Elisabeth here, wondering what your PKM ecosystem consists of. Someone at THATCamp last week said she hadn’t thought of herself as having a personal knowledge management system, so let me elaborate:
Personal knowledge management is an activity people have been grappling with long before there were technology tools of the type we have today – but now it has a new label and there is more information coming at us as well as more tools. What did we have 15 years ago – file folders, piles, bulletin boards, sticky notes, index cards, highlighters, dog-earing . . . ?
Typically, we didn’t ask how well those worked together. Now, some of us are searching for the tool that will do it all for us – here are the functions that need doing on my list (in addition to the doctors’ phone numbers and the shopping list):
- drop random thoughts in easily
- store results of article database searches in subject folders
- extract citation data and reformat it in different styles
- save things I find on the web, or allow me to re-find them easily
- help me organize our ideas
- help me make sense of our ideas
- store articles I want to read
- let me make notes on those articles
- tag articles with different subjects/keywords
- search the texts of articles I’ve stored
- let me write more productively than typical word processors
- Evernote, my “junk drawer” : it’s quick and easy to throw things in here, and I don’t have to think about how I want to classify them, but it’s also easy to re-find them (unlike my physical junk drawer). This is the first stop for most things, and many will never need another home. Some get tagged or put in a special notebook within Evernote; I also go through periodically and put some in another container, depending on how I want to use it. Evernote is available on my Android phone, on and offline, and online on my Android tablet (which runs an ancient version of Android, since the manufacturer went out of business almost as soon as I bought it – hardware components are another post).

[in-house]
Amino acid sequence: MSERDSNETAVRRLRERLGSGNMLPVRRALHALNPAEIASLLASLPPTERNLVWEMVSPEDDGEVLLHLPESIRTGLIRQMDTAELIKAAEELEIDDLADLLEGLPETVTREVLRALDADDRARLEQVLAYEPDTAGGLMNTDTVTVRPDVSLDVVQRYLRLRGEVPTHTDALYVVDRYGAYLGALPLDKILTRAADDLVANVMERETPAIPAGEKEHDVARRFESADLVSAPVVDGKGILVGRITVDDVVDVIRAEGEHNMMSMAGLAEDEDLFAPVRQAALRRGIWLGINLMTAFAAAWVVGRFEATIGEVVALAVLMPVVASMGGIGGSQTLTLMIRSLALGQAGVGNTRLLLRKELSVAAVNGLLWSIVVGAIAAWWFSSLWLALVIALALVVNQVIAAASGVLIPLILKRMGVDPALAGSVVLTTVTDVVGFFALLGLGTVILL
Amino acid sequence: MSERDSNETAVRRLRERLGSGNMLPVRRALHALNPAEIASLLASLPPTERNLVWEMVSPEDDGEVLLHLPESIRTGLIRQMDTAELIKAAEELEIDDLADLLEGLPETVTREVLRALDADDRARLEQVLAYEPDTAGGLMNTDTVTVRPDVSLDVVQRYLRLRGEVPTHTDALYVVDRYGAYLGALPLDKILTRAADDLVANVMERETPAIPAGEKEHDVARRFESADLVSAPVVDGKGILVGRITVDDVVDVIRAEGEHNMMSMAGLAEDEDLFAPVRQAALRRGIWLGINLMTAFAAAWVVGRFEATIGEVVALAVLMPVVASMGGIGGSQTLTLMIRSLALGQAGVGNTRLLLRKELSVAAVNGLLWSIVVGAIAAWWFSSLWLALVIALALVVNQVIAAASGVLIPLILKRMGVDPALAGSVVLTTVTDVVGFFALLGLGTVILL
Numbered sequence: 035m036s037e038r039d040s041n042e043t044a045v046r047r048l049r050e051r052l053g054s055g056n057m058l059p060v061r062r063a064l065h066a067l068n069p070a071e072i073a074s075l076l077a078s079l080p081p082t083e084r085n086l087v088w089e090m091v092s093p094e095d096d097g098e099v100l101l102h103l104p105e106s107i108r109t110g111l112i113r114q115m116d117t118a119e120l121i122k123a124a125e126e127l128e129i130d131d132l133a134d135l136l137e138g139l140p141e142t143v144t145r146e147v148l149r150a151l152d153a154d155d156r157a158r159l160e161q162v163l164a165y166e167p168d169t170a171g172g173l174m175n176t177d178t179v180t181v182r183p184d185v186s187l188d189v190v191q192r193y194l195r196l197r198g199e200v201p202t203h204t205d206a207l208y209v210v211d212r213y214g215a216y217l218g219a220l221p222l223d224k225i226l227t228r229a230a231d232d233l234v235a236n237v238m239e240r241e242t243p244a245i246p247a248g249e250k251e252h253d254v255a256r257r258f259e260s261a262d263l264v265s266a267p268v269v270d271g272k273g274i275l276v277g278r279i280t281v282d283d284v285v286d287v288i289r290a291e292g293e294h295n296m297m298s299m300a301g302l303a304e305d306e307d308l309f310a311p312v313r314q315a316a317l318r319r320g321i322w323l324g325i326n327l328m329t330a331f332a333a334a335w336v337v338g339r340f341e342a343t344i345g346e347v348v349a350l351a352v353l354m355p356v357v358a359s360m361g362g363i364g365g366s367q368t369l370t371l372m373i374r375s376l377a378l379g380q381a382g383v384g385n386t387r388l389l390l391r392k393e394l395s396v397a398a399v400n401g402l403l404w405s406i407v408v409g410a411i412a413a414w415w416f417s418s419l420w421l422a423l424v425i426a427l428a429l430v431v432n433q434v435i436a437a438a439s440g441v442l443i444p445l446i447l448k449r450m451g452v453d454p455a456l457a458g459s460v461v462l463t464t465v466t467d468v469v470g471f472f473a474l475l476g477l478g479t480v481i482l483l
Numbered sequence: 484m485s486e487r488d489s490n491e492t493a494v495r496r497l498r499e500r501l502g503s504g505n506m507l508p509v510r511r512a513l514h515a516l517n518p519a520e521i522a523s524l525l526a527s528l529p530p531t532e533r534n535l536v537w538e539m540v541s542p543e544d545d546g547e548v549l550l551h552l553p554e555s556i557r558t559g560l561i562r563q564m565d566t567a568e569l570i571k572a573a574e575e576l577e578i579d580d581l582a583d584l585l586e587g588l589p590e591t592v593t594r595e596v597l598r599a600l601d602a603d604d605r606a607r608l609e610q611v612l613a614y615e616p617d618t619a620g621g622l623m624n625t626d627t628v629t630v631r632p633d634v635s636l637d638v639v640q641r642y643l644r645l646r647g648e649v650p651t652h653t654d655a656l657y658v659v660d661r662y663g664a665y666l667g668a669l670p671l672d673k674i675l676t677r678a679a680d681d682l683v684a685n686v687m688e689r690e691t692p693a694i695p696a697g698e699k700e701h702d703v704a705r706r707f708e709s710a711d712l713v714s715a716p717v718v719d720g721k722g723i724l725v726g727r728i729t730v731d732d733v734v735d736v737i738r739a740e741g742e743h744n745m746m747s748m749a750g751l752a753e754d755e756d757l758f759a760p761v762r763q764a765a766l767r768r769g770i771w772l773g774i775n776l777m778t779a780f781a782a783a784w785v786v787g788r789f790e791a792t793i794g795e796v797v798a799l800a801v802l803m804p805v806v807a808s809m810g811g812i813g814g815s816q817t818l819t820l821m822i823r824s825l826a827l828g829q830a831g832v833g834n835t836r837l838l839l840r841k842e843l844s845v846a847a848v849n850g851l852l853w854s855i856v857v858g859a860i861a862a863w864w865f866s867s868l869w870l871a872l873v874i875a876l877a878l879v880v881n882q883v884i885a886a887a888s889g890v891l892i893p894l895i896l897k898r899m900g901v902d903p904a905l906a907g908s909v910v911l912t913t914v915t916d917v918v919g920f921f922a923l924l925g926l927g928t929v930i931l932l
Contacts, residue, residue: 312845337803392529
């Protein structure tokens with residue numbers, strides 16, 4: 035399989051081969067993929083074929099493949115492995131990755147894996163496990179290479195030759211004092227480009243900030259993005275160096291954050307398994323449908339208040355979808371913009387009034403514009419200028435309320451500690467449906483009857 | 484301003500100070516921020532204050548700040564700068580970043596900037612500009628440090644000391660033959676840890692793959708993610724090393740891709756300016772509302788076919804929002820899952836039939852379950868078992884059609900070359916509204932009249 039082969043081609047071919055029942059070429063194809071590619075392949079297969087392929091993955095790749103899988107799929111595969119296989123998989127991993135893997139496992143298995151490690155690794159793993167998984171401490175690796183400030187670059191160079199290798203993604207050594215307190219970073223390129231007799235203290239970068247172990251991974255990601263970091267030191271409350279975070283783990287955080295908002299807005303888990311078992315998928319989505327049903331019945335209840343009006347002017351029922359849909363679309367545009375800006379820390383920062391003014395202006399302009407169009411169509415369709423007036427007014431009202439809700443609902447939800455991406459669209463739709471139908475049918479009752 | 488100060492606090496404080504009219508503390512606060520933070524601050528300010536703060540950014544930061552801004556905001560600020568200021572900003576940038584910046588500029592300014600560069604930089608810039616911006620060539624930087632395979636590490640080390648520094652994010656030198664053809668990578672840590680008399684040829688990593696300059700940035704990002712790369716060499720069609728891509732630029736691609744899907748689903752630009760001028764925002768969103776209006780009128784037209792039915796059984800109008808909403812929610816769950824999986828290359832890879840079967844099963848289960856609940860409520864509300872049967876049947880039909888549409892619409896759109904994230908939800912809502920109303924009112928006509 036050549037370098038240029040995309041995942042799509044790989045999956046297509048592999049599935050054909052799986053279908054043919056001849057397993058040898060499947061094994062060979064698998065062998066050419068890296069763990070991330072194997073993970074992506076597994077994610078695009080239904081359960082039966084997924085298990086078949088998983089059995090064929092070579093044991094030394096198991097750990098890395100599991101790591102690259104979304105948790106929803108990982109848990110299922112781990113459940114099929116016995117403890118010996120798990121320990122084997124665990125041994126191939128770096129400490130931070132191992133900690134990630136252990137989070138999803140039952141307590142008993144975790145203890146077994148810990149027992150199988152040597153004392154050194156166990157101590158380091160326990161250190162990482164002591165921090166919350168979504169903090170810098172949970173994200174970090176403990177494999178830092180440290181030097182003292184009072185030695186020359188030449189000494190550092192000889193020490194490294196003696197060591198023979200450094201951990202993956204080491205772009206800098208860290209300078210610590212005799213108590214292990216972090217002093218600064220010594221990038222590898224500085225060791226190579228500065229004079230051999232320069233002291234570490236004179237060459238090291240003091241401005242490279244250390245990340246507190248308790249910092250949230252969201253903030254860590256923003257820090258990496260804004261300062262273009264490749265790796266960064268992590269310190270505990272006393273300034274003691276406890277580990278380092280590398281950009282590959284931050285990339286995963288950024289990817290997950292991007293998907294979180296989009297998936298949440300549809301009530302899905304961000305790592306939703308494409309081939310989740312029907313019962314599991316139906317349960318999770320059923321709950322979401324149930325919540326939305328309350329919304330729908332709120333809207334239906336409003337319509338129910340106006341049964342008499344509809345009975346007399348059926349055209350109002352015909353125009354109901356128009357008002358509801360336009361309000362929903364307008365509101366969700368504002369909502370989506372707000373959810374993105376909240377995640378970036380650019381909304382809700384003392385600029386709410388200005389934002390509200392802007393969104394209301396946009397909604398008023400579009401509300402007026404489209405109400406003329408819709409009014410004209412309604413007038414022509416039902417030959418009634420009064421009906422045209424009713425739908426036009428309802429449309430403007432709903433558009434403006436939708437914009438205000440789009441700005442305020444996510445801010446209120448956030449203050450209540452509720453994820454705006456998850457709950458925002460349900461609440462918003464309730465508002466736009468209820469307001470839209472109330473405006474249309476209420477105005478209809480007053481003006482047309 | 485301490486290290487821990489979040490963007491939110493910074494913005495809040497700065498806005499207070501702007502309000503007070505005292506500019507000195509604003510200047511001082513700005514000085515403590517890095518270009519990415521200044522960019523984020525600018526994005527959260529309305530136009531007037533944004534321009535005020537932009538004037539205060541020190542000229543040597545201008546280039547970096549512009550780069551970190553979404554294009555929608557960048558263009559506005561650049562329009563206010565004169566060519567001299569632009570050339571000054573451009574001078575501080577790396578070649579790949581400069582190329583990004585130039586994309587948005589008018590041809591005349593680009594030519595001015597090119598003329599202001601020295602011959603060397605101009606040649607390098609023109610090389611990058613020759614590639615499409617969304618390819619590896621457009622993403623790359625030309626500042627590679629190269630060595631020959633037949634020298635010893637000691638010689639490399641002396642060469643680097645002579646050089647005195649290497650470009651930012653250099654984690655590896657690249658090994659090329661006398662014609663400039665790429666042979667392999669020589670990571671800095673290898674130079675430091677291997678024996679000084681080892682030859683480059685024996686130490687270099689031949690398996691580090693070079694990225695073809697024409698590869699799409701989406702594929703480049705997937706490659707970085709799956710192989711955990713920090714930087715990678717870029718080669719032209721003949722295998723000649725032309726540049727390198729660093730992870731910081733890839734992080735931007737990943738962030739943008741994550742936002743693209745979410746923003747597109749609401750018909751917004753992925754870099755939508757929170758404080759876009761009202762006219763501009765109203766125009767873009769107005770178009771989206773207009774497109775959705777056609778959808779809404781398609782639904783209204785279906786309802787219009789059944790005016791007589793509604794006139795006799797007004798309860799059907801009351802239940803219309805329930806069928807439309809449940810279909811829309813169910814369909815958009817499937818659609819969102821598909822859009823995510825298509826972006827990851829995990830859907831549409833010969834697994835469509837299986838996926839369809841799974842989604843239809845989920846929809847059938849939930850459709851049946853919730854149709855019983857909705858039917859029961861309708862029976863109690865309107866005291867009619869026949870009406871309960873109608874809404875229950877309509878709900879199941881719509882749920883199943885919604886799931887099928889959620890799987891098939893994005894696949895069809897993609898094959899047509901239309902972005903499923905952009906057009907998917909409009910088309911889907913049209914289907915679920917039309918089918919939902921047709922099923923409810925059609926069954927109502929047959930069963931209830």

- Zotero, for scholarly sources. I still use the Firefox version, though I have the freestanding version as well. One reason I stick with Zotero: it has metadata categories for source types beyond books and articles, such as blog posts, podcasts, interviews, cases, patents, etc. Also, I like the fact that the main working interface is my machine; I am sometimes in the mountains with wretched internet service, and cloud-based storage would not work for me. I love the notes features – both child notes (about articles) and free-standing notes, which I often use at the end of the day to note what progress I have made during the day (i.e., finished searching x database with search terms a, b, c, and here are my thoughts about how to start tomorrow)
- TheBrain, a dynamic information mapper (most people would call it a mind map, but that term has negative associations for me, so I talk about information or idea mappers). This is where I put things I want to visualize in web form. It has copious notes fields and can handle many forms of attachments. It’s the only one of my tools that requires a non-negligible expense, though I don’t consider it expensive. One thing I love is that it recenters itself around whatever ide
a I click on, so I am never lost on the fringe of my web.
- Compendium , when I want to structure complex arguments logically, or track a wide-ranging discussion over time.
These are the main elements in my ecosystem – what are in yours? How well are they working for you? Where is your workflow breaking down? What do you wish worked better? What would entice you to change?
Note: TheBrain, PersonalBrain and WebBrain are trademarks or registered trademarks of TheBrain Technologies LP. Used with permission.